Proposition 19 passed within the state of California by a vote of 51% to 49%, and will take effect on April 1st, 2021, but what exactly is Prop 19, and how does it affect you and how much you pay in property taxes?
To understand why Prop 19 was ever introduced in the first place, we need to take a ride in the way back machine to a simpler time.
The year was 1978. The US was groovin’ to Saturday Night Fever. A grumpy orange cat, who loves lasagna and hates Mondays was first introduced to the world. But most importantly, well, for the sake of this video, Prop 13 was enacted in the state of California.
Prop 13 was introduced as a way to keep property taxes down, even if property values within California went way up. According to the proposition, taxes could only increase at a maximum of two percent per year. This was great for homeowners within California, as property values have increased significantly since 1978, but it did come with its own problem. You see, the longer a person stayed in their home, the sweeter this deal became. This kept seniors and long time homeowners from wanting to move, because they would likely pay much higher property taxes if they went and bought a new house.
This was a bit of a problem, so California passed Prop 60 in 1986, and Prop 90 in 1988, which allowed homeowners over the age of 55 to transfer their tax base to a replacement home. However, this only applies to a home of equal or lesser value, to a home within the same county or participating counties and can only be done once in a lifetime. Prop 19 changes all of that.
Instead of only applying to homeowners over the age of 55, it now includes the disabled, and victims of natural disasters. Your lower property tax base can now be transferred to a home of lesser, equal, or greater value, the latter where you only pay additional taxes on the difference in value between the sales price of your old home, and the purchase price of your new home. You can move to any home within the state of California. And you can do this up to three times in your lifetime.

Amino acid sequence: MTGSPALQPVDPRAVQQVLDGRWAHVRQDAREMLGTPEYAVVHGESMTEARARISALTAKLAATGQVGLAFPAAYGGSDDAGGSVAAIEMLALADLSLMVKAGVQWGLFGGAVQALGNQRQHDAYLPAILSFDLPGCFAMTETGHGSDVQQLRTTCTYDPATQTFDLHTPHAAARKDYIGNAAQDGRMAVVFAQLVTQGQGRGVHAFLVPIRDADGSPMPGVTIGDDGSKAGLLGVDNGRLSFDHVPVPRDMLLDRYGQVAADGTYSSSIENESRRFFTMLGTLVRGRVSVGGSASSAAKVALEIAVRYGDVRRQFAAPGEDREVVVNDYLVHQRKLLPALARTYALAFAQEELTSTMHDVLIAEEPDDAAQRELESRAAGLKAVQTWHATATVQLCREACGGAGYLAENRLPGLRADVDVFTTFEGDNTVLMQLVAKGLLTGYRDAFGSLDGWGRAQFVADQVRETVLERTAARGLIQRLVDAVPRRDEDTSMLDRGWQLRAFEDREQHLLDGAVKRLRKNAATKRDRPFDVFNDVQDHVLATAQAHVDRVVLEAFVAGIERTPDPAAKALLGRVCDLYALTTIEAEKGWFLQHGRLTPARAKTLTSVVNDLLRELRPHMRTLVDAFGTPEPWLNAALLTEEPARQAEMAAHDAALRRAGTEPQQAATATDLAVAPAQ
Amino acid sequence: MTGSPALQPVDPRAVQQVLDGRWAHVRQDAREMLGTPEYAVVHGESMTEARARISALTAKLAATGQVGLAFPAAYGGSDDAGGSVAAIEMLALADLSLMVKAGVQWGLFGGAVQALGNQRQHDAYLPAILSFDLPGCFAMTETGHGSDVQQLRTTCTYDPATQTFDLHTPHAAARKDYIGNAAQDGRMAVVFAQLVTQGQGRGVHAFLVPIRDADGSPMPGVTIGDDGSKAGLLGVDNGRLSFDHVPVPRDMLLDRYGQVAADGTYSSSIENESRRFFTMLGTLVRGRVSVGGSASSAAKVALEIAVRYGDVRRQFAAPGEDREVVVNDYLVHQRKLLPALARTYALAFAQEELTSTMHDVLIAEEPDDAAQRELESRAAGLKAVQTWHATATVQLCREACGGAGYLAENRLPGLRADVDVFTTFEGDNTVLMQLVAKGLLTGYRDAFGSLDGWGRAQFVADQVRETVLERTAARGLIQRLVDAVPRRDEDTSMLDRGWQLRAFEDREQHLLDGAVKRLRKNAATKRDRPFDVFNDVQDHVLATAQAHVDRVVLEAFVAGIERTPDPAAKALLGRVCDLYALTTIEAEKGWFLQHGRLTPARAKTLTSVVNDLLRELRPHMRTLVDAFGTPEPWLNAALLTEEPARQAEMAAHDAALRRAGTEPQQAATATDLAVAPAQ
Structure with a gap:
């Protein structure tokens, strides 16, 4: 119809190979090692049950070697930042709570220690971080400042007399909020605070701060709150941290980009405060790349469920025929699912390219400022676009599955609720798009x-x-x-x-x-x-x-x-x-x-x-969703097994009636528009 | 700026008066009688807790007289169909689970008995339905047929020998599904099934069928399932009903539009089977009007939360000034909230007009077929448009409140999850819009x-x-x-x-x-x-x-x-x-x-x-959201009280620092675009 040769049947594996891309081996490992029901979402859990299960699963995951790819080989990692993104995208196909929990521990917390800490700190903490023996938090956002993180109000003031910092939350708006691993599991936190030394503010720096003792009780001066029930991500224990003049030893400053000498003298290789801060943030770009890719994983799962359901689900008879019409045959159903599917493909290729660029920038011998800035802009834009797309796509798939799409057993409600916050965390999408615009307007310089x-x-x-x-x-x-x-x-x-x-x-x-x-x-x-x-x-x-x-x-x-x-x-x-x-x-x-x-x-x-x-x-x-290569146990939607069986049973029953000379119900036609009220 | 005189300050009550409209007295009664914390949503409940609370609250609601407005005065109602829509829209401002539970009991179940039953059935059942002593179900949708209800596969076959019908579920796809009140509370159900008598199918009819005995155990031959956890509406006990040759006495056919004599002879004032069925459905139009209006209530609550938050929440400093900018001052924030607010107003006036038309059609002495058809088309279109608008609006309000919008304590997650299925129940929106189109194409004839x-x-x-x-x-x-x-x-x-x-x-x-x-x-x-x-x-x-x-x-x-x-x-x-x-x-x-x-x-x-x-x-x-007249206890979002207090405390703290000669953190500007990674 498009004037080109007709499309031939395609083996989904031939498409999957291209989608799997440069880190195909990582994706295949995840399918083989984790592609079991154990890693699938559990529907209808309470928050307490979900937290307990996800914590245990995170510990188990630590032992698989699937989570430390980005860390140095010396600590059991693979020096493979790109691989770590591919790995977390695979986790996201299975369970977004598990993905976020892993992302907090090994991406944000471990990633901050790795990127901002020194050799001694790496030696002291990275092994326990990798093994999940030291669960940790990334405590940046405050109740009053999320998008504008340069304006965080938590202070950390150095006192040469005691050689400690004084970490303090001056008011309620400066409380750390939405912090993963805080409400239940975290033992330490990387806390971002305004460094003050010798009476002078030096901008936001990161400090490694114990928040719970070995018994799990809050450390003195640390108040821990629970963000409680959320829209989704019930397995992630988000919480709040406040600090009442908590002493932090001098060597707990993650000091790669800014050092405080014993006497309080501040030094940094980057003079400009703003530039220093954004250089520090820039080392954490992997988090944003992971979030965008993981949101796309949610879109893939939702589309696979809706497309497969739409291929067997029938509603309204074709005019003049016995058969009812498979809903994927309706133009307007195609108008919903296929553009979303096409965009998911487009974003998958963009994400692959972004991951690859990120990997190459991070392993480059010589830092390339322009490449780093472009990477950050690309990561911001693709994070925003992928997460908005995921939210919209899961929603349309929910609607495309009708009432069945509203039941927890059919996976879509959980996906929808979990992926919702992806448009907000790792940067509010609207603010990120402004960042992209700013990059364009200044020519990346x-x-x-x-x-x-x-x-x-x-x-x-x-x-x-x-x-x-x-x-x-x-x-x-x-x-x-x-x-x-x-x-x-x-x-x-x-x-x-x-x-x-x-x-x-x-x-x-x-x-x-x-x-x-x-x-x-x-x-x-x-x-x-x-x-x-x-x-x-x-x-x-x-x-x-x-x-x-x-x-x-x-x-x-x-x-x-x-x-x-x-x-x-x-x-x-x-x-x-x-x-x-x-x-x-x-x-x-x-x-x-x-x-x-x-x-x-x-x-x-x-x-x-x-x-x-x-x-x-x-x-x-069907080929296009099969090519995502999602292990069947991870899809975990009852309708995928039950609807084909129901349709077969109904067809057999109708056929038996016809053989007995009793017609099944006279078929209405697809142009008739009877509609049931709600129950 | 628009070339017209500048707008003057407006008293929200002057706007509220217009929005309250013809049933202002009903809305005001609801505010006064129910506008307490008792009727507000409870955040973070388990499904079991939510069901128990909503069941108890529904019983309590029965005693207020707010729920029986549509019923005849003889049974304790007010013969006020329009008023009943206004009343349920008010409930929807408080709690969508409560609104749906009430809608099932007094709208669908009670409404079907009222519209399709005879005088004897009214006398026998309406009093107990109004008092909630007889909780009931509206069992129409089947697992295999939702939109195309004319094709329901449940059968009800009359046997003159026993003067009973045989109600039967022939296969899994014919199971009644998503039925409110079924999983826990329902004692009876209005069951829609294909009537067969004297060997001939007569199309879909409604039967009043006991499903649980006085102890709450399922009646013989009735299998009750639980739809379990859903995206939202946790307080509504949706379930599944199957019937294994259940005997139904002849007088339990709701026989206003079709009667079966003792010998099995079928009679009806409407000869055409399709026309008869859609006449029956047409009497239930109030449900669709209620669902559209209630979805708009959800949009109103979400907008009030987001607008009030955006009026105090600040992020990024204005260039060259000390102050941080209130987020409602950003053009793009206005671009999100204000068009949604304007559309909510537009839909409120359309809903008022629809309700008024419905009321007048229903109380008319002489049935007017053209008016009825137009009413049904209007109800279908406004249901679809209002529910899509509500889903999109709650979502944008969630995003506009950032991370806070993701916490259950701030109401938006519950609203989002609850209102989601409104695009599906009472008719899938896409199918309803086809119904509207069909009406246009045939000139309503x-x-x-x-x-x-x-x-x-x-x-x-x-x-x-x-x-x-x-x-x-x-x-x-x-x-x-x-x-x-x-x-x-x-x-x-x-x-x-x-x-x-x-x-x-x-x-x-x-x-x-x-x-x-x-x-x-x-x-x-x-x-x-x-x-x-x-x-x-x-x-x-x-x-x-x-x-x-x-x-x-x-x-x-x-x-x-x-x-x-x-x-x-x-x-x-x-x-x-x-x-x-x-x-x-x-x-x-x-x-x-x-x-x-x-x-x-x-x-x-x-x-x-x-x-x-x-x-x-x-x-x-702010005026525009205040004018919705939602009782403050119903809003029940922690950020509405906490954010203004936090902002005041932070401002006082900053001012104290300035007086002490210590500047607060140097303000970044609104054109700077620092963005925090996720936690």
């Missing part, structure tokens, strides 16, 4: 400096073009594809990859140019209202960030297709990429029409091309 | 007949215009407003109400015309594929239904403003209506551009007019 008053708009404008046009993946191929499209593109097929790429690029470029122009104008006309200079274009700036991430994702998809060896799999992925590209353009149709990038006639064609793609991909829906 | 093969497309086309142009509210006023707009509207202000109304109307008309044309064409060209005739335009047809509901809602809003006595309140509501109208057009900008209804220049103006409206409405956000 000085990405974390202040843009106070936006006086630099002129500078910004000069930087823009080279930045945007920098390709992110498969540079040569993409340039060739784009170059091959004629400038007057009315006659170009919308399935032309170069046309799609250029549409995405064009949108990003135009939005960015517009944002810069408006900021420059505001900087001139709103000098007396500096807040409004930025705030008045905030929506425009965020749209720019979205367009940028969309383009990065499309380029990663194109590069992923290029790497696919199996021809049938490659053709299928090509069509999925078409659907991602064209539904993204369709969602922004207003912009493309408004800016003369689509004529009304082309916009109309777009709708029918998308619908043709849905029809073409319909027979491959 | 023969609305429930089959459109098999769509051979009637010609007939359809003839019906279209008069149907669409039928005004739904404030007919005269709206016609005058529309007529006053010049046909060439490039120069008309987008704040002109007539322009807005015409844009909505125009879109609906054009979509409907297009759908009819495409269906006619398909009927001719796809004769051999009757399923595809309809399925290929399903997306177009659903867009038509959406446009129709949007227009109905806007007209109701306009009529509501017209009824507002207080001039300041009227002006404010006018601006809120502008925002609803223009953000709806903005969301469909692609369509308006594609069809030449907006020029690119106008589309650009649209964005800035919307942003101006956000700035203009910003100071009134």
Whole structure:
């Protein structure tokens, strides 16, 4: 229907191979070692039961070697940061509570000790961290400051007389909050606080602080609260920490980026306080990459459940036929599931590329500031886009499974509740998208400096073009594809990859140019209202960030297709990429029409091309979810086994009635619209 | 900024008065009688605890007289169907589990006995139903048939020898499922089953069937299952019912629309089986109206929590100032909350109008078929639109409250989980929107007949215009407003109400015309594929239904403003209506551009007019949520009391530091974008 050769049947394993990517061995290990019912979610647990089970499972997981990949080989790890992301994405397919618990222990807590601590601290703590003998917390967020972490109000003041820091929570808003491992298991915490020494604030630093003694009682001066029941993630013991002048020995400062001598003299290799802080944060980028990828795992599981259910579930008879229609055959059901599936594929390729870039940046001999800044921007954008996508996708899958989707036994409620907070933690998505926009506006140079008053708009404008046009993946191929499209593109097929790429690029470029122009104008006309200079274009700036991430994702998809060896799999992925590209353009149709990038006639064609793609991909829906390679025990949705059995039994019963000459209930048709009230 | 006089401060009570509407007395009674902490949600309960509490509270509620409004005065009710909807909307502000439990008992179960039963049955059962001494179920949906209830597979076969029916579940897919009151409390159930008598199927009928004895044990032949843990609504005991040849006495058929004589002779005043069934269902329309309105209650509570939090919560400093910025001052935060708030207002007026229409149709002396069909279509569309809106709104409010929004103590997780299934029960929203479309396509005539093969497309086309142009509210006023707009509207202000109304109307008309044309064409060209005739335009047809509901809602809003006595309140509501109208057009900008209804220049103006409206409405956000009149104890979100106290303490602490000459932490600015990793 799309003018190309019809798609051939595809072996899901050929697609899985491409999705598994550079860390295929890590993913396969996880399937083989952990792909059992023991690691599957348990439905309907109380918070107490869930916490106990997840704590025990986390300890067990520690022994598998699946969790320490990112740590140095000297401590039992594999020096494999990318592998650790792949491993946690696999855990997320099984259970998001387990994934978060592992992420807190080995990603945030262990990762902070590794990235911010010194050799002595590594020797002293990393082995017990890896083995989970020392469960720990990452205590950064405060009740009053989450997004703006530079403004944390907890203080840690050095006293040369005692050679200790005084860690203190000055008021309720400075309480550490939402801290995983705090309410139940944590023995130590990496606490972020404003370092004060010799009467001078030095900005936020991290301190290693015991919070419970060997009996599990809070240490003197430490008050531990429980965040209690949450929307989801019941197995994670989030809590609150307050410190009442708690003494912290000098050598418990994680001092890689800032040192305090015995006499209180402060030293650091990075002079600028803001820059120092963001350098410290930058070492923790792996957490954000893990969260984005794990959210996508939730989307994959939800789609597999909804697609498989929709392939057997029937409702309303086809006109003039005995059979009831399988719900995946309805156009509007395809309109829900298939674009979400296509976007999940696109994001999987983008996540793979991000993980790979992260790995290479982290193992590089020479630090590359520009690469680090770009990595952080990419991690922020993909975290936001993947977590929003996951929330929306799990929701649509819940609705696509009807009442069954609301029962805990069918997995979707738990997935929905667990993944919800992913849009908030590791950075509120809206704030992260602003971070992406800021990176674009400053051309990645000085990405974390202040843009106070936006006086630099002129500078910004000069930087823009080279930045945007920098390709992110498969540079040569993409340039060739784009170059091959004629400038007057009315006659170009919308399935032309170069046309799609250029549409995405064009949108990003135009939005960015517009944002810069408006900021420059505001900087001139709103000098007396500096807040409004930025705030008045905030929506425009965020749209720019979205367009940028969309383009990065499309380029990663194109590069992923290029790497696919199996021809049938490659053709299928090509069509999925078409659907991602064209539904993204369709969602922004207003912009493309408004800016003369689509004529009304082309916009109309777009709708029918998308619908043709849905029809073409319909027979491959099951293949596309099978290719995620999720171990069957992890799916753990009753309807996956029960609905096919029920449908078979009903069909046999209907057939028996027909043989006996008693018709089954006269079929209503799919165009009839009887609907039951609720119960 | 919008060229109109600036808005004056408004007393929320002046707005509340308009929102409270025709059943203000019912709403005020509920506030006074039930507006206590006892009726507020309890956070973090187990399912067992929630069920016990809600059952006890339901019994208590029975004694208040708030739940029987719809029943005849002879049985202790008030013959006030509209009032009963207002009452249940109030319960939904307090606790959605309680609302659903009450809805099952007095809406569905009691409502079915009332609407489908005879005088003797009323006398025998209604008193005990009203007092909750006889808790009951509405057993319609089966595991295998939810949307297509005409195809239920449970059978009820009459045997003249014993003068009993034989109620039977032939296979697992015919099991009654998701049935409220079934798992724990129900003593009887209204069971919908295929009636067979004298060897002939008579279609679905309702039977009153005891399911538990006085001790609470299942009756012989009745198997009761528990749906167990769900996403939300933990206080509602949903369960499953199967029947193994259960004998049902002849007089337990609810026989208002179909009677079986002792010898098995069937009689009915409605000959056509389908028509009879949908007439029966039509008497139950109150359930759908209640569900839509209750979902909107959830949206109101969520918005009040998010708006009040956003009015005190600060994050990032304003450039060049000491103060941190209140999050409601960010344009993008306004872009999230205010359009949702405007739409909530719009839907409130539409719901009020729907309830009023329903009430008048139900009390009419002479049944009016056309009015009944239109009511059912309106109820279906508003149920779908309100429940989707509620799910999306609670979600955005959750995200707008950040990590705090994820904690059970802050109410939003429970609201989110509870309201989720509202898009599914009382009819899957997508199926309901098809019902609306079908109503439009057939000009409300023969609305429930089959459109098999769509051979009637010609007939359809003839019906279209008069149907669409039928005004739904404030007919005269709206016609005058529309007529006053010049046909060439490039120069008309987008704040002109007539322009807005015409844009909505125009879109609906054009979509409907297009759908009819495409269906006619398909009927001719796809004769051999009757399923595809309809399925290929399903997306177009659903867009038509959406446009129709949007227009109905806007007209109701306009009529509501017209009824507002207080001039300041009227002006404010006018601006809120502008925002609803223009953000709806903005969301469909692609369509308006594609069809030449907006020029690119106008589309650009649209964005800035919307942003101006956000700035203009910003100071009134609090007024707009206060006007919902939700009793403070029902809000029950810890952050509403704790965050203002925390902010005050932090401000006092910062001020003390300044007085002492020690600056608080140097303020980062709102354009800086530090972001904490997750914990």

Unfortunately, every tax cut must be paired with a tax hike in order to offset the loss in revenue. So of course, Prop 19 does come coupled with a tax increase, and this tax hike is all about inheritance.
Prior to Prop 19, when you die, and you leave your property to your children or grandchildren, they were able to keep your lower tax base. For those inheriting a house, this was a sweet deal, as your heirs were able to pay taxes based on the previous generations assessed property value. Prop 19 will raise property taxes by ending this tax break in many, but not all circumstances.
The Prop 19 tax increase is directed more toward wealthy families who own larger properties, or many properties. Under Prop 19, you are still allowed to keep the inherited tax base if you inherit a property and decide to live in it. It also exempts farms. However, if you inherit a bunch of rental properties, commercial property, or a home that you have no desire to live in, then the property tax on those properties WILL increase.
So what’s the point of this tax increase? Well, analysts believe that the increase in property taxes on these inherited properties will increase tax revenue within the state of California by hundreds of millions of dollars per year. Most of that money will go towards fire protection, something California cannot get enough of these days, but some of it will also go directly to local governments.